This week, PrintNightmare – Microsoft’s Print Spooler vulnerability (CVE-2021-34527) was upgraded from a ‘Low’ criticality to a ‘Critical’ criticality.
This is due to a Proof of Concept published on GitHub, which attackers could potentially leverage for gaining access to Domain Controllers.
As we reported earlier, Microsoft already released a patch in June 2021, but it wasn’t enough to stop exploits. Attackers can still use Print Spooler when connecting remotely. You can find all you need to know about this vulnerability in this article and how you can mitigate it (and you can).
Print Spooler in a nutshell: Print Spooler is Microsoft’s service for managing and monitoring files printing. This service is among Microsoft’s oldest and has had minimal maintenance updates since it was released.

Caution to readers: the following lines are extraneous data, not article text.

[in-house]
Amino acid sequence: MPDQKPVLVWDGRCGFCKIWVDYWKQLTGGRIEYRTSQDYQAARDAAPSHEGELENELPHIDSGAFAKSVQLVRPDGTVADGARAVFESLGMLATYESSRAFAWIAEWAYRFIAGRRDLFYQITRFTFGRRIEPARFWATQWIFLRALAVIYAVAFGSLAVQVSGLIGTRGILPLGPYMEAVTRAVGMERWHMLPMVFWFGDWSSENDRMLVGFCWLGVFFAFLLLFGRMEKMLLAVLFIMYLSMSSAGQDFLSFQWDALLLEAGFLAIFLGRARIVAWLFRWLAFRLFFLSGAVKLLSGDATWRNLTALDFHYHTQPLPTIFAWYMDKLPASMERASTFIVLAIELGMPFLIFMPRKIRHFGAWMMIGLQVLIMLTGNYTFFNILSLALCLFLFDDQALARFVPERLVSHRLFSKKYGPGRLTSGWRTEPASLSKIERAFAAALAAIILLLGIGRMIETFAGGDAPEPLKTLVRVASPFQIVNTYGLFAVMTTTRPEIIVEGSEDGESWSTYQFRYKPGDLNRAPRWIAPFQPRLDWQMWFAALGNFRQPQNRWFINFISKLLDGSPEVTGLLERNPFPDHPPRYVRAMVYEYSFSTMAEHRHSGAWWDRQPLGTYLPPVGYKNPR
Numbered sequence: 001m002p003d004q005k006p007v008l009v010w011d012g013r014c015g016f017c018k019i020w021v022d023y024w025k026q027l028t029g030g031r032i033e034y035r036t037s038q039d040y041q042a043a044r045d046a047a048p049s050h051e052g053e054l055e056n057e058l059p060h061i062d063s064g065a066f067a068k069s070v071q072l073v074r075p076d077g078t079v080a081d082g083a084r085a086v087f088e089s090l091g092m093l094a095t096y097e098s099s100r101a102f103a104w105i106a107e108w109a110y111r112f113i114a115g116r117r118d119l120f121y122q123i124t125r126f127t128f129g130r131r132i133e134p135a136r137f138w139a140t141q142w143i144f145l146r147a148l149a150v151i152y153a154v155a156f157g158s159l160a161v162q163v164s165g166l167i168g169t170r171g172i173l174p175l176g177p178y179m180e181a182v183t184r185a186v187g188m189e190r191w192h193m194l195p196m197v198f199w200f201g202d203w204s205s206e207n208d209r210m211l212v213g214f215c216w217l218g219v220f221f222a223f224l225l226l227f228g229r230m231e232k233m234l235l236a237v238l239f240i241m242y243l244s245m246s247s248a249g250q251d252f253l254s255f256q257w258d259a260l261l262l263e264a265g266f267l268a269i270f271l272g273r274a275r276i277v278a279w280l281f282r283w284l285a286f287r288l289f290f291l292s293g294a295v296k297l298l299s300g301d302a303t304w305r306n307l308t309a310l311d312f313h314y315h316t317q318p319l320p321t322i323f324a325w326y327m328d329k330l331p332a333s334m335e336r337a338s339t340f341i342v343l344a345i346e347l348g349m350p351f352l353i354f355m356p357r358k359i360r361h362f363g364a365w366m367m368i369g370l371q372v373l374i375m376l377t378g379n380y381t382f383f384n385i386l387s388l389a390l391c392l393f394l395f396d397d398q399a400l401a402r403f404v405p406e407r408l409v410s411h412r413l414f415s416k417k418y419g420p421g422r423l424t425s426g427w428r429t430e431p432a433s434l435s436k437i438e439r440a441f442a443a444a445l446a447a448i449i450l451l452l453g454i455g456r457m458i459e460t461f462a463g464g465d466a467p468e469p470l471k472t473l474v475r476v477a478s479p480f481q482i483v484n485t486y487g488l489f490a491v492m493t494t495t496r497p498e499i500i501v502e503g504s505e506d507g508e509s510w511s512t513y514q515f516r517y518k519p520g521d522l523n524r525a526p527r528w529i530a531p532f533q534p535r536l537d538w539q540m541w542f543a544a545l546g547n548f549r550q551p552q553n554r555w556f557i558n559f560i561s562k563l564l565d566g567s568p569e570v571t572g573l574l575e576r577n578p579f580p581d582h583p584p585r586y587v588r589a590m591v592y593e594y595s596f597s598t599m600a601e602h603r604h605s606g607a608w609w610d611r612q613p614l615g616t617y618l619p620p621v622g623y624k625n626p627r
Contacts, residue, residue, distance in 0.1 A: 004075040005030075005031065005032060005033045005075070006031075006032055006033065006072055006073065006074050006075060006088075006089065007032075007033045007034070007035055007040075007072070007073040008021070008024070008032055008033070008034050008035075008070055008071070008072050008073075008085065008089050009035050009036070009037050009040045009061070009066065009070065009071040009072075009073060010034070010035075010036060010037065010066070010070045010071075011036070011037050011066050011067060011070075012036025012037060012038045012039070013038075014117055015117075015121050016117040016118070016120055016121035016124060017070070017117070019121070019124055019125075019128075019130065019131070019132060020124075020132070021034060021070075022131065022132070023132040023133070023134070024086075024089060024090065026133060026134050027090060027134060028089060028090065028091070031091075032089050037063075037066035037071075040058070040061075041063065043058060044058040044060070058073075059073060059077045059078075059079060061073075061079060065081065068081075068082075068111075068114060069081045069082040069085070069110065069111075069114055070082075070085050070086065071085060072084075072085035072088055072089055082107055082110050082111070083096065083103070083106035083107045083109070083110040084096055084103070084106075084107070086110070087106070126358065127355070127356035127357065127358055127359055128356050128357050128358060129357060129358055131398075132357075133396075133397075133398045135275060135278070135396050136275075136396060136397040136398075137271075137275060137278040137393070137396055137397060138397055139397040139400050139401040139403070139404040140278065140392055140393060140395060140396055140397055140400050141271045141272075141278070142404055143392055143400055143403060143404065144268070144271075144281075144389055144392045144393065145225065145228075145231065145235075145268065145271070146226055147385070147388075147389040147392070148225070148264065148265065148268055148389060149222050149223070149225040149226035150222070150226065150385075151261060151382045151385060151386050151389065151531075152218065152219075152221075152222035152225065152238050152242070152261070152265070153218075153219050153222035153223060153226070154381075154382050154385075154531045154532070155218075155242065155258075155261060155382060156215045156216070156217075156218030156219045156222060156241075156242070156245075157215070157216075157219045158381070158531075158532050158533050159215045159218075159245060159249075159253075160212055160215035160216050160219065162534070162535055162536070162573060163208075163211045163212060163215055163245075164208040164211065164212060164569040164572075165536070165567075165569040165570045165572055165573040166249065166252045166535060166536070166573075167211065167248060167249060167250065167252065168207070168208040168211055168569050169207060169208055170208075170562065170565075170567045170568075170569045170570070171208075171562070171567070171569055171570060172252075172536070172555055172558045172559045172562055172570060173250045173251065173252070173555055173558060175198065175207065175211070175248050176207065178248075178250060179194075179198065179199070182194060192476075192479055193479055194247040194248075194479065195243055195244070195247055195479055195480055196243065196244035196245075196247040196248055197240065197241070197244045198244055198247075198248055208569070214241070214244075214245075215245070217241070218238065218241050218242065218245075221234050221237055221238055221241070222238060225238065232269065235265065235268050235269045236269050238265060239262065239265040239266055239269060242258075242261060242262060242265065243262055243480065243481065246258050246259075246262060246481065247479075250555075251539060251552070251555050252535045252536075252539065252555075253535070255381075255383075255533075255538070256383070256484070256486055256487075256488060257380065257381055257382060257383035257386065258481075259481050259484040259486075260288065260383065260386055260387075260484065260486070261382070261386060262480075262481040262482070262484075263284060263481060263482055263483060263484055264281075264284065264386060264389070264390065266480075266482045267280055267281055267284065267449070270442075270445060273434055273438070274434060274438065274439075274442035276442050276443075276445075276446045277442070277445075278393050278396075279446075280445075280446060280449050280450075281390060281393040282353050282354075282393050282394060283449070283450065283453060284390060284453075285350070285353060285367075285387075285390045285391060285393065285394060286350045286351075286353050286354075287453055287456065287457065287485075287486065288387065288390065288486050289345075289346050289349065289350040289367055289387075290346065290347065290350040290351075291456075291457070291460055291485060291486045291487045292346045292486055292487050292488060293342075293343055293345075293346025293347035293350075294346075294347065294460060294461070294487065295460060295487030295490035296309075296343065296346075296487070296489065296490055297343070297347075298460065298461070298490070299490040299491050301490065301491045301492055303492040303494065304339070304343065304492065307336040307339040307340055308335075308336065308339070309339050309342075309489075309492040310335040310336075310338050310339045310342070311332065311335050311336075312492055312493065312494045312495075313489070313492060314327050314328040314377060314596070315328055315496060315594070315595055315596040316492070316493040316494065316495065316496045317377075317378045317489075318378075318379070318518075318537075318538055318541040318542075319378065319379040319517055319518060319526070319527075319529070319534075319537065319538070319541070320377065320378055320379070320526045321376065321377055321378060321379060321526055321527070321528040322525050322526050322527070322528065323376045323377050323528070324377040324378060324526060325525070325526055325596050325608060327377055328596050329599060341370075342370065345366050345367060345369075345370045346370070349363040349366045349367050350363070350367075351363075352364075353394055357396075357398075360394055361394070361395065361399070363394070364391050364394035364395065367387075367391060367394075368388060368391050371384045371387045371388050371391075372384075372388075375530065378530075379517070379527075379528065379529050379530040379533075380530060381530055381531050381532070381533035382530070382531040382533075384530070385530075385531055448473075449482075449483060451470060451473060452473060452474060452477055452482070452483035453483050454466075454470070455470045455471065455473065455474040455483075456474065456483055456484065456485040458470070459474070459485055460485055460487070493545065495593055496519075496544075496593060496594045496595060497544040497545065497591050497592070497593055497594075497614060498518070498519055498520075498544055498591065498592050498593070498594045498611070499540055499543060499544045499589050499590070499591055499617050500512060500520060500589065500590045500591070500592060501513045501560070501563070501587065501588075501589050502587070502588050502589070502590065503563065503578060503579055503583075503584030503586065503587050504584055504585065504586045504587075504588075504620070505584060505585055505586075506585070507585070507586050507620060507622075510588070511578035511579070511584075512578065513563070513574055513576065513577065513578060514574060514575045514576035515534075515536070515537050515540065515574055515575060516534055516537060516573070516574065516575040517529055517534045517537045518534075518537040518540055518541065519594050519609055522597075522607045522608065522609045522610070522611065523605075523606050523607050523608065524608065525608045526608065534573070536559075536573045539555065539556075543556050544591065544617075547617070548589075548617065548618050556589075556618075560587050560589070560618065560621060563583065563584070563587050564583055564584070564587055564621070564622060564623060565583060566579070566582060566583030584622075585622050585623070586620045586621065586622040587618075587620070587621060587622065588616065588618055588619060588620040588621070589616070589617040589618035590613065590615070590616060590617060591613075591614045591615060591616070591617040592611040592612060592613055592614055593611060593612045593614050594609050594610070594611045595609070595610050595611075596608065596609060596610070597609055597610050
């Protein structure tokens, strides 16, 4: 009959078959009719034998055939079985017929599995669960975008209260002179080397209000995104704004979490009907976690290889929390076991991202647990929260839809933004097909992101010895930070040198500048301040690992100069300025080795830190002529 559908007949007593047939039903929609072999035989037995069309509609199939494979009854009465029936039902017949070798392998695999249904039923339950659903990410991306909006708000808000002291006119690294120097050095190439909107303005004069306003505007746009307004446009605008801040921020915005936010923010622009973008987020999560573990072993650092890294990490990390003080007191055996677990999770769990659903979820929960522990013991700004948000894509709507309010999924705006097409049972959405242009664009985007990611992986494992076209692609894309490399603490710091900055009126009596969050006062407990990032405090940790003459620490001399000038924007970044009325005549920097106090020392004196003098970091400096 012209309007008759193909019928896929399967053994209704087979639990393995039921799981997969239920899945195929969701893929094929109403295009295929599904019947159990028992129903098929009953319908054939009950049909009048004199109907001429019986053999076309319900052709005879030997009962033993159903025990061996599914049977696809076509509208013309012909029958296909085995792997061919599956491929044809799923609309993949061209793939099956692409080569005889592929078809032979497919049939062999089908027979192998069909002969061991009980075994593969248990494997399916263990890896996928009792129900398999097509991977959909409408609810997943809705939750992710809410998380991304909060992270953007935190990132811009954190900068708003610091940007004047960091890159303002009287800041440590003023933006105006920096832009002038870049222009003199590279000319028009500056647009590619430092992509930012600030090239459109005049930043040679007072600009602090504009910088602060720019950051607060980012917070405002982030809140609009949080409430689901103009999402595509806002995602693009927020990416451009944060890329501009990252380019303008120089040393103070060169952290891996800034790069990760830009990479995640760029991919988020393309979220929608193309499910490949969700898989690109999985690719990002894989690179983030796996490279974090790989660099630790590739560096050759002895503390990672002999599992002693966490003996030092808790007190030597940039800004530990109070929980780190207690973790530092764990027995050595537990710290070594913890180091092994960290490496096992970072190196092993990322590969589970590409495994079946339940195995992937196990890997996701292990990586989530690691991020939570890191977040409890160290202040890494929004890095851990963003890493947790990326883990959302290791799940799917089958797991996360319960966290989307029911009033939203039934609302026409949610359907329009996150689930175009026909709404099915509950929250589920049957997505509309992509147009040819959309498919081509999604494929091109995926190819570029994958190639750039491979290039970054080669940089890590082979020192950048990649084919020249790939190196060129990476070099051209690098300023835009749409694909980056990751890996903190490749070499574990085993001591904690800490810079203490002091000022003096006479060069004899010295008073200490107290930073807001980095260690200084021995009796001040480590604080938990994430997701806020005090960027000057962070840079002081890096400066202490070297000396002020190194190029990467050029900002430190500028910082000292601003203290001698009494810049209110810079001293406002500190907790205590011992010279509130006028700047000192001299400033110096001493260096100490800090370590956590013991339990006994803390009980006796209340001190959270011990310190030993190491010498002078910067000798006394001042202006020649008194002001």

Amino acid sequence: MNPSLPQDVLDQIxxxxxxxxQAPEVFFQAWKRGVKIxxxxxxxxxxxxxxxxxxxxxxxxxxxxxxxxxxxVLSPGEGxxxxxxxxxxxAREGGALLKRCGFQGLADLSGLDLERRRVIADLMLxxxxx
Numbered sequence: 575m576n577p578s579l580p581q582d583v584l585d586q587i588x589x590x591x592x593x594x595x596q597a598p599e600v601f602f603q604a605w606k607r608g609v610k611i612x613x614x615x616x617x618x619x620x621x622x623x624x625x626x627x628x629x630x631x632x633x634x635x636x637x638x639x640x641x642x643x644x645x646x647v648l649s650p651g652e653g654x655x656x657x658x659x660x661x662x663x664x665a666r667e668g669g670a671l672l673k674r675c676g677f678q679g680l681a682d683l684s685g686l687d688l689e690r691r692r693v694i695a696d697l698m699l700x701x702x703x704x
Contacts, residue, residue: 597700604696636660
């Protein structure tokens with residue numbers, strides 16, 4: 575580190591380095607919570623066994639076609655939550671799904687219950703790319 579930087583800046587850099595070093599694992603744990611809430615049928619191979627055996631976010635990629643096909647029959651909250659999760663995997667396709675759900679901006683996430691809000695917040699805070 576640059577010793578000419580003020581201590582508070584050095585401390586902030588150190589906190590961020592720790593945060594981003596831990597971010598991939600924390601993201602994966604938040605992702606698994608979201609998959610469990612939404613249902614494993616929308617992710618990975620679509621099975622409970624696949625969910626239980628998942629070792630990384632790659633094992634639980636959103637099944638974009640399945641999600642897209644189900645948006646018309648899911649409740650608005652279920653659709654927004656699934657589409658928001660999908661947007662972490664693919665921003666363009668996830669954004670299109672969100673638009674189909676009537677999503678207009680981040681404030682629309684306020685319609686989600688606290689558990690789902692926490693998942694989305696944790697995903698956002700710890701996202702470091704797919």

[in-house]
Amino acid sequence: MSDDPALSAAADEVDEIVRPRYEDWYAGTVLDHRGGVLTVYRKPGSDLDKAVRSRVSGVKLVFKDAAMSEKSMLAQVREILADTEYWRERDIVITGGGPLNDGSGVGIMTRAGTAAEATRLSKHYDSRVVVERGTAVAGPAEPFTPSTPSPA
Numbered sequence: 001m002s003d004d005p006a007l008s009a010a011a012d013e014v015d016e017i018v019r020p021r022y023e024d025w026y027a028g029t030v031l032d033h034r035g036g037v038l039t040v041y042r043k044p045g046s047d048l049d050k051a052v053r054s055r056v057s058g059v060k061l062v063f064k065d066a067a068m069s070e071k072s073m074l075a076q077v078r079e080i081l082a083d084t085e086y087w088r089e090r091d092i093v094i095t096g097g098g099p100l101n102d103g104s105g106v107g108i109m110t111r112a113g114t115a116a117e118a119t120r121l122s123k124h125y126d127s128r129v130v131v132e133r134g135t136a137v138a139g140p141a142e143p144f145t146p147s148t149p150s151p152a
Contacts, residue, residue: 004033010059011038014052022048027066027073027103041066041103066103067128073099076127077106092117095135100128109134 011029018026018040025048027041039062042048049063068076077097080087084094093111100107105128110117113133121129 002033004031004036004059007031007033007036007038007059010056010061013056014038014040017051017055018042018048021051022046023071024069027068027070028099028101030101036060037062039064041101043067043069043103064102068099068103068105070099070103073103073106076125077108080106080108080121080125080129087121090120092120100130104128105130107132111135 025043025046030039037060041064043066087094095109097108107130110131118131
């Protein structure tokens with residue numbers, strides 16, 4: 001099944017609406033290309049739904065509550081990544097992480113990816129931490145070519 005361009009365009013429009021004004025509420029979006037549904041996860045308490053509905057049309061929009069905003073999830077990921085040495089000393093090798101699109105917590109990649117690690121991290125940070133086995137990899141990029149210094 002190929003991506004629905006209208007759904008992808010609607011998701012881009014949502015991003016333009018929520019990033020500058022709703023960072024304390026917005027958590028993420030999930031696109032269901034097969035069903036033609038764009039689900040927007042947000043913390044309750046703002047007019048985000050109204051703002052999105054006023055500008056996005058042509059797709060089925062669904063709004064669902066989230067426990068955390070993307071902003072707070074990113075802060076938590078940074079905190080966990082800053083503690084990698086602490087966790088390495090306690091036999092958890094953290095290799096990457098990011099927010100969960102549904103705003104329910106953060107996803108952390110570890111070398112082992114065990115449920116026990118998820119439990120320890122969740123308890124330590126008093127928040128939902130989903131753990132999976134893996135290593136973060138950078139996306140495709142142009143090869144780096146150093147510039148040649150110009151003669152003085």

Every Microsoft machine (servers and endpoints) has this feature enabled by default.
PrintNightmare vulnerability: As soon as an attacker gains limited user access to a network, he will be able to connect (directly or remotely) to the Print Spooler. Since the Print Spooler has direct access to the kernel, the attacker can use it to gain access to the operating system, run remote code with…